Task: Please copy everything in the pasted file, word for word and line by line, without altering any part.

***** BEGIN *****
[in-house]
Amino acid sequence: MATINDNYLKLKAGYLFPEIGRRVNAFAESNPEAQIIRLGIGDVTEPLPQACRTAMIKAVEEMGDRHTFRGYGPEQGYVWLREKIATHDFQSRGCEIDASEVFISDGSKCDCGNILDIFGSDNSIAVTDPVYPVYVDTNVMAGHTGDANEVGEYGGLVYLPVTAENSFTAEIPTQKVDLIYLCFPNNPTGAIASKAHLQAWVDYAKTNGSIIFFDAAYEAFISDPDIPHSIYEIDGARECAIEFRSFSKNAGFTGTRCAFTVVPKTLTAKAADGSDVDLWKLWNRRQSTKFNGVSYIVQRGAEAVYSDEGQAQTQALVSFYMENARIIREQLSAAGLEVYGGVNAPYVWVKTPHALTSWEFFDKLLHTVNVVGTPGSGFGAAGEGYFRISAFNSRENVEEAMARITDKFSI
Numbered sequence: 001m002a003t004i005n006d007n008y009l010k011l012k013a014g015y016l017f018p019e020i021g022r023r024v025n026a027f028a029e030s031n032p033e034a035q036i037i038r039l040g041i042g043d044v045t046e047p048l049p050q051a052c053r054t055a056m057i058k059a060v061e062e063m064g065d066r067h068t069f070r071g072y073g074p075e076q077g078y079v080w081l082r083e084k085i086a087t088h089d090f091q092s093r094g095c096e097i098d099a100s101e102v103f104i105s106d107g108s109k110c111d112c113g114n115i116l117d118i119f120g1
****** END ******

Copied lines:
[in-house]
Amino acid sequence: MATINDNYLKLKAGYLFPEIGRRVNAFAESNPEAQIIRLGIGDVTEPLPQACRTAMIKAVEEMGDRHTFRGYGPEQGYVWLREKIATHDFQSRGCEIDASEVFISDGSKCDCGNILDIFGSDNSIAVTDPVYPVYVDTNVMAGHTGDANEVGEYGGLVYLPVTAENSFTAEIPTQKVDLIYLCFPNNPTGAIASKAHLQAWVDYAKTNGSIIFFDAAYEAFISDPDIPHSIYEIDGARECAIEFRSFSKNAGFTGTRCAFTVVPKTLTAKAADGSDVDLWKLWNRRQSTKFNGVSYIVQRGAEAVYSDEGQAQTQALVSFYMENARIIREQLSAAGLEVYGGVNAPYVWVKTPHALTSWEFFDKLLHTVNVVGTPGSGFGAAGEGYFRISAFNSRENVEEAMARITDKFSI
Numbered sequence: 001m002a003t004i005n006d007n008y009l010k011l012k013a014g015y016l017f018p019e020i021g022r023r024v025n026a027f028a029e030s031n032p033e034a035q036i037i038r039l040g041i042g043d044v045t046e047p048l049p050q051a052c053r054t055a056m057i058k059a060v061e062e063m064g065d066r067h068t069f070r071g072y073g074p075e076q077g078y079v080w081l082r083e084k085i086a087t088h089d090f091q092s093r094g095c096e097i098d099a100s101e102v103f104i105s106d107g108s109k110c111d112c113g114n115i116l117d118i119f120g1